- An infographic which briefly outlines the phases of what will happen with these refugees. #WelcomeRefugees
- A webinar created by AMSSA
- On December 1, Perrin Beatty, President & CEO of the Canadian Chamber of Commerce lead a discussion on private sector involvement at the Governor General's Foum on Refugees. The event was broadcast live on CPAC, please feel free to watch the event: Video
- An infographic shared by Ignite Fredericton regarding the journey of a refugee to Canada.
A number of resettlement and aid agencies exist in every province and territory. We encourage you to explore those within your region of Canada.
Canadian Council for Refugees
The Canadian Council for Refugees is a national non-profit umbrella organization committed to the rights and protection of refugees and other vulnerable migrants in Canada and around the world and to the settlement of refugees and immigrants in Canada. The membership is made up of organizations involved in the settlement, sponsorship and protection of refugees and immigrants. The Council serves the networking, information-exchange and advocacy needs of its membership.
Scope of Concerns
The CCR has a wide range of concerns relating to immigrants and refugees, which include:
- Protection of refugees in Canada and around the world
- Barriers to family reunification
- Delays in processing of privately sponsored refugees
- Trafficking of women and girls
- Impact of security agenda
- Refugee determination system
- Refugee resettlement
- Immigration detention
- Integration of immigrants and refugees
- Newcomers' access to services
- People without status
- Rights of children
- Newcomer youth
- LGBT refugees
The Red Cross provides support to government responses, especially in emergency situations. We have hundreds of agreements with municipal and provincial governments to provide emergency social services ( e.g. lodging, clothing, food, personal services, registration and tracking of family members). The Red Cross can count on a vast network of 20,000 volunteers and 3,000 staff across Canada.
The Canadian Red Cross has the capacity to respond to all kinds of disasters, big and small – from a single house fire (e.g. family of 4) to larger disasters like floods (e.g. Calgary floods, over 100,000 impacted) as well as man-made disasters (e.g. Lac-Mégantic) and mass influx of refugees (1999, Kosovo refugees and current operation to resettle 25,000 refugees).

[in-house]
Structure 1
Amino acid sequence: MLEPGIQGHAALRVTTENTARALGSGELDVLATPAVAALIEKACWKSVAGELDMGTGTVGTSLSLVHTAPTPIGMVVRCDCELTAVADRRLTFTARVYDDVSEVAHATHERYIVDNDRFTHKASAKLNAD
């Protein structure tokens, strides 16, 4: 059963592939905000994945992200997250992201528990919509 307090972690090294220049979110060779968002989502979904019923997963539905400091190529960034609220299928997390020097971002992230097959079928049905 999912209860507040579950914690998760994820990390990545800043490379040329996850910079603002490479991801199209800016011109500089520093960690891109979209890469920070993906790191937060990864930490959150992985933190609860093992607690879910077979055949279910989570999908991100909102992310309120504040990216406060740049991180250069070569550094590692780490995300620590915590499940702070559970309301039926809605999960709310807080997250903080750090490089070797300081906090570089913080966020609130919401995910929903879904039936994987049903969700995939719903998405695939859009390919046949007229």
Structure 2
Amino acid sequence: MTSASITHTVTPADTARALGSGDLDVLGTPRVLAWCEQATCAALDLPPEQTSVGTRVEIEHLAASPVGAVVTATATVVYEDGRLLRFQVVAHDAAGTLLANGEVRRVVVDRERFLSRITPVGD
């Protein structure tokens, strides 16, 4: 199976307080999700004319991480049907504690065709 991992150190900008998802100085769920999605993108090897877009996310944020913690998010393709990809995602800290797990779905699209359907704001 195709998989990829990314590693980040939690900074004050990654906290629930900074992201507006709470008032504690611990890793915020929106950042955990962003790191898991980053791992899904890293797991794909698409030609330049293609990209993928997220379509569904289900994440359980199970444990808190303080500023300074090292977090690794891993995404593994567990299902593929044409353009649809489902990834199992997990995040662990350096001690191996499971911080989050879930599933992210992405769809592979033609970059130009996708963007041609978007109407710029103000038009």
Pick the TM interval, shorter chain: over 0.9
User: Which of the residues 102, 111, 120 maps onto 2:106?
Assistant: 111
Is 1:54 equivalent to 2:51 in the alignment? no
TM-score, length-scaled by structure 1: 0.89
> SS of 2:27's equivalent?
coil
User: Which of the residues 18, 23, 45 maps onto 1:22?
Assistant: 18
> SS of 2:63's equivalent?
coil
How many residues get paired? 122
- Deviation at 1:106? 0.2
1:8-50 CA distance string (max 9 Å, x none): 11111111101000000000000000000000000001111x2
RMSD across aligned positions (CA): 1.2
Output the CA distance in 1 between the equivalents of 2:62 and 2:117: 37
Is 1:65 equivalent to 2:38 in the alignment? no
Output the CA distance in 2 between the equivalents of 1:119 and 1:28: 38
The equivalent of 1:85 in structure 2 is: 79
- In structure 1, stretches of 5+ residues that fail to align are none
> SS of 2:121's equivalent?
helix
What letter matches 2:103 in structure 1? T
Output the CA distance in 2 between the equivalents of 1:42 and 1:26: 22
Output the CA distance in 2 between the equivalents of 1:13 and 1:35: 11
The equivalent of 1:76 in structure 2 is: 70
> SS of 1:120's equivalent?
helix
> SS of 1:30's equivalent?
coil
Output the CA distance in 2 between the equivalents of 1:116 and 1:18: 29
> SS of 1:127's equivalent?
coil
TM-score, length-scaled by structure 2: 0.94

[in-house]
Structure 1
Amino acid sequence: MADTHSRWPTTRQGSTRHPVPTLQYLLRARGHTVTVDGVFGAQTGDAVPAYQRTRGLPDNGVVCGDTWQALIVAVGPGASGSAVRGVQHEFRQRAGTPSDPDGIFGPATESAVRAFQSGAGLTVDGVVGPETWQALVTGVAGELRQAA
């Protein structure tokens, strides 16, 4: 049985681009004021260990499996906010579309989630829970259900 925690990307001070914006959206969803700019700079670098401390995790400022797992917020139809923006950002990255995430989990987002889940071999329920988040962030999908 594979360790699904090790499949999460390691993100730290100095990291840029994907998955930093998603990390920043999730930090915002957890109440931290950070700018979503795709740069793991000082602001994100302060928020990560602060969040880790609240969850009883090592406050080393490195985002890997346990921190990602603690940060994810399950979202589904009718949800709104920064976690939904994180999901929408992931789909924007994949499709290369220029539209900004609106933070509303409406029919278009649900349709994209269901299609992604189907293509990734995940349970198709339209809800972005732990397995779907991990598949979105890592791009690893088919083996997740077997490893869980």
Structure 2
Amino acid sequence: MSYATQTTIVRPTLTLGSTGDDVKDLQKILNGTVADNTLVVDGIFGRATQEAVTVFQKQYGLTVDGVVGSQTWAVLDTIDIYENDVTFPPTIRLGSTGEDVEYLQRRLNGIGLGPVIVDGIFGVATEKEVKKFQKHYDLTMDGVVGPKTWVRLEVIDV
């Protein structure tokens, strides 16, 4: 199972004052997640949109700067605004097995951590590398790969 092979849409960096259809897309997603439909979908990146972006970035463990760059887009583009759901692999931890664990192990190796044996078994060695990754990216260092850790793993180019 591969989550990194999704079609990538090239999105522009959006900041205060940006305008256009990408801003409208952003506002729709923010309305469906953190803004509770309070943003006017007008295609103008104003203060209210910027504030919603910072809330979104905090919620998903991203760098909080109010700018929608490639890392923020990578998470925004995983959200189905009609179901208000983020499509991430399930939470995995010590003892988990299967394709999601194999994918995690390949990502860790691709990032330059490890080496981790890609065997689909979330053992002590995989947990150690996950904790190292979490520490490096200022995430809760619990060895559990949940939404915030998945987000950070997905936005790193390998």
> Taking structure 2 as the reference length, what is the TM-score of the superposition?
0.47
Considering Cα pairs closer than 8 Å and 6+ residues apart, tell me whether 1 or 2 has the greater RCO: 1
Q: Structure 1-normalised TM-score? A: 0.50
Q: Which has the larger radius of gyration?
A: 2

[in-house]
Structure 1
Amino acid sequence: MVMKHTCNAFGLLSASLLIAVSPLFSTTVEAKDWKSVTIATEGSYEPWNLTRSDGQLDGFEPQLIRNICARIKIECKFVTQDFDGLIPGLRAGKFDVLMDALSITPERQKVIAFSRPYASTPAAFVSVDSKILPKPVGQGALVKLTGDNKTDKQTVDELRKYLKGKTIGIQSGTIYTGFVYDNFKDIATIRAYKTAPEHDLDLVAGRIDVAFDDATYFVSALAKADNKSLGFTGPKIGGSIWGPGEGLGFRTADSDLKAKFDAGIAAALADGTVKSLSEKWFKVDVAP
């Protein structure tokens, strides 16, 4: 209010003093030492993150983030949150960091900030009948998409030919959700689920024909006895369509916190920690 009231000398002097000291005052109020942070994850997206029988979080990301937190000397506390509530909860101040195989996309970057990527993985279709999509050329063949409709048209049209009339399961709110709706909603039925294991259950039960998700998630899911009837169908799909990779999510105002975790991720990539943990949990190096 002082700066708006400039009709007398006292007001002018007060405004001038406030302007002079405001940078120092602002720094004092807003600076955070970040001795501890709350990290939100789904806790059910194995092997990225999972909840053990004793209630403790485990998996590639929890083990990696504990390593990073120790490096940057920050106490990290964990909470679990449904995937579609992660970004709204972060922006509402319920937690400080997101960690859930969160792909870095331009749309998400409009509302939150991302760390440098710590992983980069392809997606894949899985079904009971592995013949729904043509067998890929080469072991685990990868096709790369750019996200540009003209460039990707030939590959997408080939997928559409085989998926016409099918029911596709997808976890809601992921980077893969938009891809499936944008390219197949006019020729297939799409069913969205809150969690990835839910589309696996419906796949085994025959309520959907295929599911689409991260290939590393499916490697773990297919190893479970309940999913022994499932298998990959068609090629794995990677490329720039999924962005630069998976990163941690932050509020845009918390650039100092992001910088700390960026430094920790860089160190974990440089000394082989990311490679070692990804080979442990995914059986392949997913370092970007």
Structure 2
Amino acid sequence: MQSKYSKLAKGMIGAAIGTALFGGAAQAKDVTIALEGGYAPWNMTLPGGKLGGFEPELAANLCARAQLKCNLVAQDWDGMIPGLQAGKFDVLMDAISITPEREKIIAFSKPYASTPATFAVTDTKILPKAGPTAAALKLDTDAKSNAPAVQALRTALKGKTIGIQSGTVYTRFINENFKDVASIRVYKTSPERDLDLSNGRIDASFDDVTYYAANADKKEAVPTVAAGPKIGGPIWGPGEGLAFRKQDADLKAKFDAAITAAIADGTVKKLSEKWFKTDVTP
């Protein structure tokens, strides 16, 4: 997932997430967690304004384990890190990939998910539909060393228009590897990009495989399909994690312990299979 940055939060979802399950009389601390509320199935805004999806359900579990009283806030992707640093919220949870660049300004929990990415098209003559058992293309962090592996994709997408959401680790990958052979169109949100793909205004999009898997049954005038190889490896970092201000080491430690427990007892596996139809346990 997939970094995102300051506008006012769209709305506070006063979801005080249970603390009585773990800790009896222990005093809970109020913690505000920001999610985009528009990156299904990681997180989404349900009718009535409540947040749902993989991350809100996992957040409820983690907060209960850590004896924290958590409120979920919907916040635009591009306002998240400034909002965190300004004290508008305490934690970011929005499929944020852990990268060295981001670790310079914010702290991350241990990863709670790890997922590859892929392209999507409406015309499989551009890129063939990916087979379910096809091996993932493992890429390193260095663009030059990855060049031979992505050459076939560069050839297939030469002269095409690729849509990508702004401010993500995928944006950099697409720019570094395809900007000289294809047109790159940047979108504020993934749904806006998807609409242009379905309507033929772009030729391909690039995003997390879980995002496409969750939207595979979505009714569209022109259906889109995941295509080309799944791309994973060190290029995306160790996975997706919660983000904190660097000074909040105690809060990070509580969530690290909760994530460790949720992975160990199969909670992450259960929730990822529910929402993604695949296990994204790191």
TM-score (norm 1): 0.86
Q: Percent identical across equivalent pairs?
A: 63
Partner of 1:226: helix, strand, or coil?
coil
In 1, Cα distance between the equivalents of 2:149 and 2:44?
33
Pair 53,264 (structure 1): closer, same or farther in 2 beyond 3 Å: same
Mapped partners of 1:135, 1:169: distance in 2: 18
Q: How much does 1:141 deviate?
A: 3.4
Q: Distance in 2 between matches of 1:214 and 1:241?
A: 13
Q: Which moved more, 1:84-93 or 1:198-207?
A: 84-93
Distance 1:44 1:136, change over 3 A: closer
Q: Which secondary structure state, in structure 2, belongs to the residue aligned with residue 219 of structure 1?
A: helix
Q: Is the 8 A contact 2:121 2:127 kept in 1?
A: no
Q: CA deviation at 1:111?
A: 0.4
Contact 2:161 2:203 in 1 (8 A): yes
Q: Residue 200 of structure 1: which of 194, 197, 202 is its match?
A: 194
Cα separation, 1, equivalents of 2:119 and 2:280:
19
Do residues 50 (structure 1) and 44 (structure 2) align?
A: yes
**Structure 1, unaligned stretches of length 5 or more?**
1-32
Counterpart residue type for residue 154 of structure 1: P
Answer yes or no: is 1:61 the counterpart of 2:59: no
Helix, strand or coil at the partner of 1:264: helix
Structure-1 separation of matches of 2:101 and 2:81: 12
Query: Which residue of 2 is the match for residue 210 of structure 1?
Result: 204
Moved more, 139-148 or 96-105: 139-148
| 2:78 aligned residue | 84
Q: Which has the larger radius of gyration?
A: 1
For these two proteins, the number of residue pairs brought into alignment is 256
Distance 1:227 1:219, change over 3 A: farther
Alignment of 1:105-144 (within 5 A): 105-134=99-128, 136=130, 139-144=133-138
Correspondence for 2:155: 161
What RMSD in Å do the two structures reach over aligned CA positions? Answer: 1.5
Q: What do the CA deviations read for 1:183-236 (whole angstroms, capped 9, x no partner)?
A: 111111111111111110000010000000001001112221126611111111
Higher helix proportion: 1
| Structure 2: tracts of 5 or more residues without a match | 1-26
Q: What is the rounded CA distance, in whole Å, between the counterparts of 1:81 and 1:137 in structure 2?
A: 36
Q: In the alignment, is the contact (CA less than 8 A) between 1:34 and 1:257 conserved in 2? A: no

For more information on the current refugee resettlement operation, please visit Redcross.ca/refugees.
Donations: The Red Cross donation page is active and can be accessed here.
Please note: The Canadian Red Cross is not in a position to accept in-kind donations of food, clothing and other items. It has been our experience that these items may not be the ones that refugees require. The processing, storage and transportation costs are a challenge as well. Other agencies may accept other forms of donations. However, should any businesses wish to donate significant amounts of relief supplies, please contact Tom Scinto at firstname.lastname@example.org.
Alberta Association of Immigrant Serving Agencies
Immigrant Service Society of BC
Manitoba Immigrant and Refugee Settlement Sector Association
Manitoba Interfaith Immigration Council
Multicultural Association of Fredericton
Multicultural Association of Greater Moncton Area
Newfoundland and Labrador
Association for New Canadians NL
Department of Education, Culture and Employment, Labour Development and Standards
Immigrant Reception and Information Services
Multicultural Council of Windsor and Essex County
Wesley Urban Ministries
Prince Edward Island
PEI Association of Newcomers to Canada
Table de concertation des organismes au service des personnes réfugiées et immigrantes
Moose Jaw Multicultural Council
Regina Open Door Society
Sasktoon Open Door Society
Multicultural Centre of the Yukon